Myanmar’s Digital Dictatorship
On February 1, 2021, the military besieged Myanmar and took control of the nation through a violent coup, initiating a series of brutal crackdowns, serious human rights violations, and escalating digital control over the nation.
The junta is continuing to pillage online spaces, crushing the last remnants of the long-razed rights to privacy, freedom of expression and association, access to information, and security.
Access Now and civil society from across the globe are working to stop the Myanmar military from consolidating absolute control of digital spaces, and helping ensure the future of Myanmar’s internet is free, open, and accessible for all.
Civil society actions
Myanmar’s online space has been shrinking since the coup. The military junta has systematically been attacking online spaces through:
- Targeted internet shutdowns that cut access to information and stifle dissent, while creating communications blackholes that shelter the proliferation of human rights violations by the military.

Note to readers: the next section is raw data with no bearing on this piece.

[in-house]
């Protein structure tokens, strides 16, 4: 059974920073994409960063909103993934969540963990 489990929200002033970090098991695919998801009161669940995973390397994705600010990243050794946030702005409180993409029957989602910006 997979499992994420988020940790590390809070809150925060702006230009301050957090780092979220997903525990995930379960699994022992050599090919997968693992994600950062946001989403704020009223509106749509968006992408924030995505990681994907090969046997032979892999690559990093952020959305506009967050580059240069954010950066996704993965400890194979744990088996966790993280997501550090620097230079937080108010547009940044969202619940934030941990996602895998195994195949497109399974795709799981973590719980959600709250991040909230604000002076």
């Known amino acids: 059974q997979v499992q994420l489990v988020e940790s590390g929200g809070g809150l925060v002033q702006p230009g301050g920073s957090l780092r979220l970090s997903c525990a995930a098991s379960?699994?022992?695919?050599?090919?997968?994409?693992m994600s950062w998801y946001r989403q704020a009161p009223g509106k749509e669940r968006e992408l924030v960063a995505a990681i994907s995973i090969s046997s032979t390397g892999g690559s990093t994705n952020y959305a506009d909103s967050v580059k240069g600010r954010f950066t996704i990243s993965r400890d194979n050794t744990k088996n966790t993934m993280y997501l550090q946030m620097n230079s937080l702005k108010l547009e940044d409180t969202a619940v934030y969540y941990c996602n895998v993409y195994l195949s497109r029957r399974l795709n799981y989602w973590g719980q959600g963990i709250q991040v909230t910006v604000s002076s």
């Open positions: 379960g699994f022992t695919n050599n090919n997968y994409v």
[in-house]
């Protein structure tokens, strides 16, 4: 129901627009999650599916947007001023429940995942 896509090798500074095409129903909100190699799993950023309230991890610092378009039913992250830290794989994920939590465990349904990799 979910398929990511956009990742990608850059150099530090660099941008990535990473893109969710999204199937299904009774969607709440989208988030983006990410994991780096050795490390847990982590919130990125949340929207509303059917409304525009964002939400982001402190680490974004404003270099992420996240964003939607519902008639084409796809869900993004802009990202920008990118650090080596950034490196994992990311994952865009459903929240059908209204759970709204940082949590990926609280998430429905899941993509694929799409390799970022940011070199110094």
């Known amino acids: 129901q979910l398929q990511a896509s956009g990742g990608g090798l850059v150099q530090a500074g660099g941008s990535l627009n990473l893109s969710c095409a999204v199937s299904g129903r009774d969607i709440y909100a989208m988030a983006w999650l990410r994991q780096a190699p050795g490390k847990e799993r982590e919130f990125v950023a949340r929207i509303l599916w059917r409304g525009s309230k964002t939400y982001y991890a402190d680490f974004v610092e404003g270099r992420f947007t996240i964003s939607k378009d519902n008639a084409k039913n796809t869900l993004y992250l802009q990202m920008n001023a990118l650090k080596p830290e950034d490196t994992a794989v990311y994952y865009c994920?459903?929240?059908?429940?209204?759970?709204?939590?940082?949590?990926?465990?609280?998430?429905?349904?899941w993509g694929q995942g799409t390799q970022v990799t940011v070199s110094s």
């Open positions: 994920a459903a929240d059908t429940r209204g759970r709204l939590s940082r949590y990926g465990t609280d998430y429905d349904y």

- Legal tools like the notorious draft Cybersecurity Law that are being abused to stifle individuals’ access to rights to expression, information, and privacy online.
- Infiltrating the local telecommunications industry, selling to military-linked companies, and ordering internet service providers like Norway’s Telenor to jeopardize the rights of people across the country by activating intercept equipment and technologies to spy on millions of customers.
- Ordering significant price hikes for data usage and phone calls, and implementing onerous SIM card registration requirements — significantly impacting a population already struggling through the devastation caused by COVID-19 and the banking crisis triggered by the coup.
- Freezing mobile banking services — including thousands of accounts — under the suspicion they could facilitate or support revolutionary movements.
- Fortifying its surveillance tools — such as surveillance drones and iPhone cracking devices.